The Mo-ho chih-kuan (Great cessation-and-contemplation) by T’ien-t’ai Chih-i (538–597) is among the most influential treatises in the long history of Buddhist scholarship. In Clear Serenity, Quiet Insight, one of today’s foremost scholars on T’ien-t’ai (Tendai) Buddhism offers the first complete, fully annotated translation of this significant work. The full scope of Buddhist tradition and its practices is illuminated: from sitting or walking in meditation to chanting the Buddha’s name, to defining the tenets of ethical living—and its teachings; from the “Hīnayāna” Āgama texts to Mahāyāna sutras and treatises, to various Buddhist and non-Buddhist (indigenous Chinese) beliefs.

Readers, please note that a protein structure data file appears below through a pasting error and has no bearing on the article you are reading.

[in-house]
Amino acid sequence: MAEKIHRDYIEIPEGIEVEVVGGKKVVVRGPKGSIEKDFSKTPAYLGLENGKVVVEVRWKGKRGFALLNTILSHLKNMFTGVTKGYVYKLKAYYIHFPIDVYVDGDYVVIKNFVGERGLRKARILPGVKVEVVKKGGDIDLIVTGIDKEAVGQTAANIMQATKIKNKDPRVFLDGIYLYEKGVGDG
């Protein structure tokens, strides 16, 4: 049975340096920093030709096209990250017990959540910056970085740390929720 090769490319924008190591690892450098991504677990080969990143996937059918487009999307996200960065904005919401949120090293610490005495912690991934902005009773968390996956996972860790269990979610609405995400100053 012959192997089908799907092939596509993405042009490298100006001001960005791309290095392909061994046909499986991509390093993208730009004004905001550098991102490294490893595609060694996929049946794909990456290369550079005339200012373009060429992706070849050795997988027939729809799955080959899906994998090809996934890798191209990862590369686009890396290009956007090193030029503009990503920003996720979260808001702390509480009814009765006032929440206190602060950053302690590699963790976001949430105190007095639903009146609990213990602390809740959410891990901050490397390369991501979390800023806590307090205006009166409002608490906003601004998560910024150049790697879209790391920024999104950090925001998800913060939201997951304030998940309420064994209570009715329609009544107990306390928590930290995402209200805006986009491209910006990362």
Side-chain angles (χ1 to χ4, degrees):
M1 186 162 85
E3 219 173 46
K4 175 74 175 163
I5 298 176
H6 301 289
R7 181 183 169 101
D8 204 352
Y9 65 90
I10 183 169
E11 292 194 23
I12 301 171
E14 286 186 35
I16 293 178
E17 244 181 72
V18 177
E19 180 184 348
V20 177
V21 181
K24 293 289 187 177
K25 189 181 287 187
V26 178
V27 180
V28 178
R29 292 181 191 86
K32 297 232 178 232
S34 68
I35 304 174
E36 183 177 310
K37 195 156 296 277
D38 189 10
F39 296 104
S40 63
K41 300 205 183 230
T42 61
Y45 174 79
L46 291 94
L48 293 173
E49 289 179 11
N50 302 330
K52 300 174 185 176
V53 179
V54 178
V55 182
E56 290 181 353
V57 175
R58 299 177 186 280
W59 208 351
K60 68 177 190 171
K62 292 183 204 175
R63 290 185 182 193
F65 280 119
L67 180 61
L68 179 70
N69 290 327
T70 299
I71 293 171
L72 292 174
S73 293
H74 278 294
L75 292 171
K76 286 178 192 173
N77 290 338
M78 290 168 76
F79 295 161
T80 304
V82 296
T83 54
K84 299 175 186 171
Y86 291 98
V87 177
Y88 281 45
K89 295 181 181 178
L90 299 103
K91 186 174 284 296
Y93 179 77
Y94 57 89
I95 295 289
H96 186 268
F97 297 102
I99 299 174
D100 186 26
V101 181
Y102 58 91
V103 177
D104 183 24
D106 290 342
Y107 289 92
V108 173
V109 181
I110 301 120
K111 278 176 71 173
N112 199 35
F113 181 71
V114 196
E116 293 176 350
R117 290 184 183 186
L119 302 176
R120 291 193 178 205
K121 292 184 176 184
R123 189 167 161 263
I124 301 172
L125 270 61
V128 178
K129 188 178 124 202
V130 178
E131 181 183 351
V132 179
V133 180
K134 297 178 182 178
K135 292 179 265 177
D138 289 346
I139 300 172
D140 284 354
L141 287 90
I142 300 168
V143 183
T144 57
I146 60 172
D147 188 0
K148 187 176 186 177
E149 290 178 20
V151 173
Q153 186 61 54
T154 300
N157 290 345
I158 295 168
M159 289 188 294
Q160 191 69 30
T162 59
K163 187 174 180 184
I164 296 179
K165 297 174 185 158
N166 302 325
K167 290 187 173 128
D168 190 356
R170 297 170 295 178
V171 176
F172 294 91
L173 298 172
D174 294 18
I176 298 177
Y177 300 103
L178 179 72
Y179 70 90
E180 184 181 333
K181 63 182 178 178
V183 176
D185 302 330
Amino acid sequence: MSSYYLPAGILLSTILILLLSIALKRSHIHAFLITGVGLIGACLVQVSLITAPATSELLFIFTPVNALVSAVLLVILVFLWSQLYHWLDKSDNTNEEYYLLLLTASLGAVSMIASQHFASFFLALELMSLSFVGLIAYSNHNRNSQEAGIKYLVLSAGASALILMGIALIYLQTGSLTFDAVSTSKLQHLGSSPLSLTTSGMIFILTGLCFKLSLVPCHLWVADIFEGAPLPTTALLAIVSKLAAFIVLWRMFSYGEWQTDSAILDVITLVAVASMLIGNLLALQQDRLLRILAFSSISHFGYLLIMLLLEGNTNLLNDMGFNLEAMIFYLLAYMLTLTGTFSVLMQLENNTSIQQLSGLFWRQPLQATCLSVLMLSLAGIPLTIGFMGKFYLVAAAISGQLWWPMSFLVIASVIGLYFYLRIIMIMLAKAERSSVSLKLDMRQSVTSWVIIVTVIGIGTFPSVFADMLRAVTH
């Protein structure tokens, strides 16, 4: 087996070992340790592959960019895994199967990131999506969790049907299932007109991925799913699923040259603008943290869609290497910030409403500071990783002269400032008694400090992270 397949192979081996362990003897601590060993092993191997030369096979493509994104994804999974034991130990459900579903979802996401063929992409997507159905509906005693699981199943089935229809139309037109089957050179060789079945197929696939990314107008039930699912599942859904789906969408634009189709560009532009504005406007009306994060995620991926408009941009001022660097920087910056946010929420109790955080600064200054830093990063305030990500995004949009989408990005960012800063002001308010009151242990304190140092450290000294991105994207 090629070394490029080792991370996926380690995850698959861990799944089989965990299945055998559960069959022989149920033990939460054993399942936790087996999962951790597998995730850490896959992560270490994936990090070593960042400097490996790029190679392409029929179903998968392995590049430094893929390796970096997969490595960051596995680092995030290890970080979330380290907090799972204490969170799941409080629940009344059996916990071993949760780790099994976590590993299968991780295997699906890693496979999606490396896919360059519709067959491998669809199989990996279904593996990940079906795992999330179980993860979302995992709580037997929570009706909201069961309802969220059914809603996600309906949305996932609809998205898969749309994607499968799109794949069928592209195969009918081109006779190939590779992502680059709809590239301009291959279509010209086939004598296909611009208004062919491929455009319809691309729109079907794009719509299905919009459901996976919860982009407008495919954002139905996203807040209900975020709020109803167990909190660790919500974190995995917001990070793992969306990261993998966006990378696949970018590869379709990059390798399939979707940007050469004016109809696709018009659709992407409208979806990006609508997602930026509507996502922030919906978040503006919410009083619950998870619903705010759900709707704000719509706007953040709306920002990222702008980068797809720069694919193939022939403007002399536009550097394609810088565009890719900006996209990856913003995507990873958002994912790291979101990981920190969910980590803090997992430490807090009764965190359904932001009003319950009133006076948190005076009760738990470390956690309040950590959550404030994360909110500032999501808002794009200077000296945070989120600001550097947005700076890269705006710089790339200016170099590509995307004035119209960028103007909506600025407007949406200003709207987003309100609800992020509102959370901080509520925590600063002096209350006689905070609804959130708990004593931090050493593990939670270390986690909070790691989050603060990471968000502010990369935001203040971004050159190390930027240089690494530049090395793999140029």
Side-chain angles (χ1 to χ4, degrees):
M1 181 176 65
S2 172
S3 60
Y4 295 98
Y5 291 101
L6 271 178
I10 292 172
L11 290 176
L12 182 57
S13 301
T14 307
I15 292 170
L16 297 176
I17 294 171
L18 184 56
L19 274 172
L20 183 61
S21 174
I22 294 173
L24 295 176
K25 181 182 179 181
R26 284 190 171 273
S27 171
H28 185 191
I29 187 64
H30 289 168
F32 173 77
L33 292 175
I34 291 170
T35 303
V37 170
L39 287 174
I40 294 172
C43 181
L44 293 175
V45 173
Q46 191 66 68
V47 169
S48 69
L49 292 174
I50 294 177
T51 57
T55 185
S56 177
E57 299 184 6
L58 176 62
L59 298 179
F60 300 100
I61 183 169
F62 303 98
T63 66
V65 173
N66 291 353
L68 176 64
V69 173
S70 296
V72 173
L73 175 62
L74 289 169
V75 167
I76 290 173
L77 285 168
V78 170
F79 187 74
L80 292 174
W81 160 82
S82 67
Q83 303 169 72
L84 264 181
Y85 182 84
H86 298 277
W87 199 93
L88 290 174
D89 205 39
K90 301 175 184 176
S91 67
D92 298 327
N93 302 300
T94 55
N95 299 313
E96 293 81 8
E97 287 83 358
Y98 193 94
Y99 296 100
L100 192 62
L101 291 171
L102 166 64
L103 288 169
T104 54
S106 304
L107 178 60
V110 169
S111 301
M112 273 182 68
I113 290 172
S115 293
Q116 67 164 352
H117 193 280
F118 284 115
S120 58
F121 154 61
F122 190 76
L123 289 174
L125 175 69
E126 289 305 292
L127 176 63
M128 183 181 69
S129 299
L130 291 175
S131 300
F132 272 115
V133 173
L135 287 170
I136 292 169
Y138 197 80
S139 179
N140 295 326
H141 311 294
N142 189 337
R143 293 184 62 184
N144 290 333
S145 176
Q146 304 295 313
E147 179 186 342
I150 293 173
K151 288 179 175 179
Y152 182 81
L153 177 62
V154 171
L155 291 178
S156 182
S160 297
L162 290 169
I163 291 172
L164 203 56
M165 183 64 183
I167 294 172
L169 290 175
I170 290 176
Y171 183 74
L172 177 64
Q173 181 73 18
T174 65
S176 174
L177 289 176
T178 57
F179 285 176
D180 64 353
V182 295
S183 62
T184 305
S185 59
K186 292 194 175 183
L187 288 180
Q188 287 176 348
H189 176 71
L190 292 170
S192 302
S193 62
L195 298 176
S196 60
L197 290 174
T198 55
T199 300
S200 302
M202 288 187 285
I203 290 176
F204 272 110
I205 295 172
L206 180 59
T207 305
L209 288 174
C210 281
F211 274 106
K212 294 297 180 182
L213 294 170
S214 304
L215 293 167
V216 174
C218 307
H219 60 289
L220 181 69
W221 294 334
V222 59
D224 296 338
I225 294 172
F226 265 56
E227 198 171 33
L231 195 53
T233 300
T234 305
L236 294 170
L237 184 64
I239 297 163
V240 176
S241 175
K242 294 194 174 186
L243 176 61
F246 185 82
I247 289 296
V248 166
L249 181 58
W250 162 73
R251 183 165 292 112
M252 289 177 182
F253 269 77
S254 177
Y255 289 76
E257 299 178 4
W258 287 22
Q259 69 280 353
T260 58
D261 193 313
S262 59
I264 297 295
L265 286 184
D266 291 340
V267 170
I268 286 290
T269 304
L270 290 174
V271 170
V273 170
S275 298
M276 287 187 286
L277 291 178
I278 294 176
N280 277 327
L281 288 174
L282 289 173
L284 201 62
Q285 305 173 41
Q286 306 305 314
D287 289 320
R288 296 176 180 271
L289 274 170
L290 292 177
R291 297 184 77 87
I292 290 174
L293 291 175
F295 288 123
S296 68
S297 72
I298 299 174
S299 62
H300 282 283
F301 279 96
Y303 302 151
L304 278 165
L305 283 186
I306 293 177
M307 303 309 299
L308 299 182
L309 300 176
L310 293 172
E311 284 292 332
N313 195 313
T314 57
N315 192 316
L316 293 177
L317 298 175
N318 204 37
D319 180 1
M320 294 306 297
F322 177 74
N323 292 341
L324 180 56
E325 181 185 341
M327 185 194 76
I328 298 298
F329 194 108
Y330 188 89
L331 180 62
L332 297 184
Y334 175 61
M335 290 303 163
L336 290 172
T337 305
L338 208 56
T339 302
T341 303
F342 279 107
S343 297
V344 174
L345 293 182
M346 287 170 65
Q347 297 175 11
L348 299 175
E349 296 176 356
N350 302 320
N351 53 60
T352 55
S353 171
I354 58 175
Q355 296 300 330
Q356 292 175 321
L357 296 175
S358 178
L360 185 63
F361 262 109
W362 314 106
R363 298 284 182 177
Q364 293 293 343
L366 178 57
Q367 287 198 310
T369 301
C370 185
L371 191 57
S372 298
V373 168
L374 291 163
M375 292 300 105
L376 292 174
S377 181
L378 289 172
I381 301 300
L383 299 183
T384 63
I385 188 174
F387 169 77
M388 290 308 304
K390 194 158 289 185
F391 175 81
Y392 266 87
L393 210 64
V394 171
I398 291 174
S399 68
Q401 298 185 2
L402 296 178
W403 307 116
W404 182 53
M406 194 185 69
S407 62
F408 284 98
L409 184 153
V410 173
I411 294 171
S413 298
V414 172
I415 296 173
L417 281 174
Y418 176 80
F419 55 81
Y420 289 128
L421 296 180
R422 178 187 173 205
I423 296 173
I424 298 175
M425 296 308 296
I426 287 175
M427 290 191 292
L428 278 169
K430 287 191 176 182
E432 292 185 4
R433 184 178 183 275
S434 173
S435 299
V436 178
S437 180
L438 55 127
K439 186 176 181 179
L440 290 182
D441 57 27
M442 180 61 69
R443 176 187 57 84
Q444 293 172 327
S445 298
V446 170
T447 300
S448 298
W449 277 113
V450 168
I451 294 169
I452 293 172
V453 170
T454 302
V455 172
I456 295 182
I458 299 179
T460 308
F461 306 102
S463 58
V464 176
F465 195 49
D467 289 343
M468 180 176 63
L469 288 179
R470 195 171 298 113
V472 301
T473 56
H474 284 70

Extensive annotation accompanying the translation (volumes 1 and 2) will help readers understand the original text and implications of various crucial passages and ideas, as well as the place the Mo-ho chih-kuan occupies in the development of Chinese, Korean, Vietnamese, and Japanese Buddhism and its critical importance for figures such as Nichiren. Volume 3 contains ample supplementary materials, including translations of related texts, a comprehensive glossary, and a list of Buddhist sources.
Nanzan Library of Asian Religion and Culture, vol. 14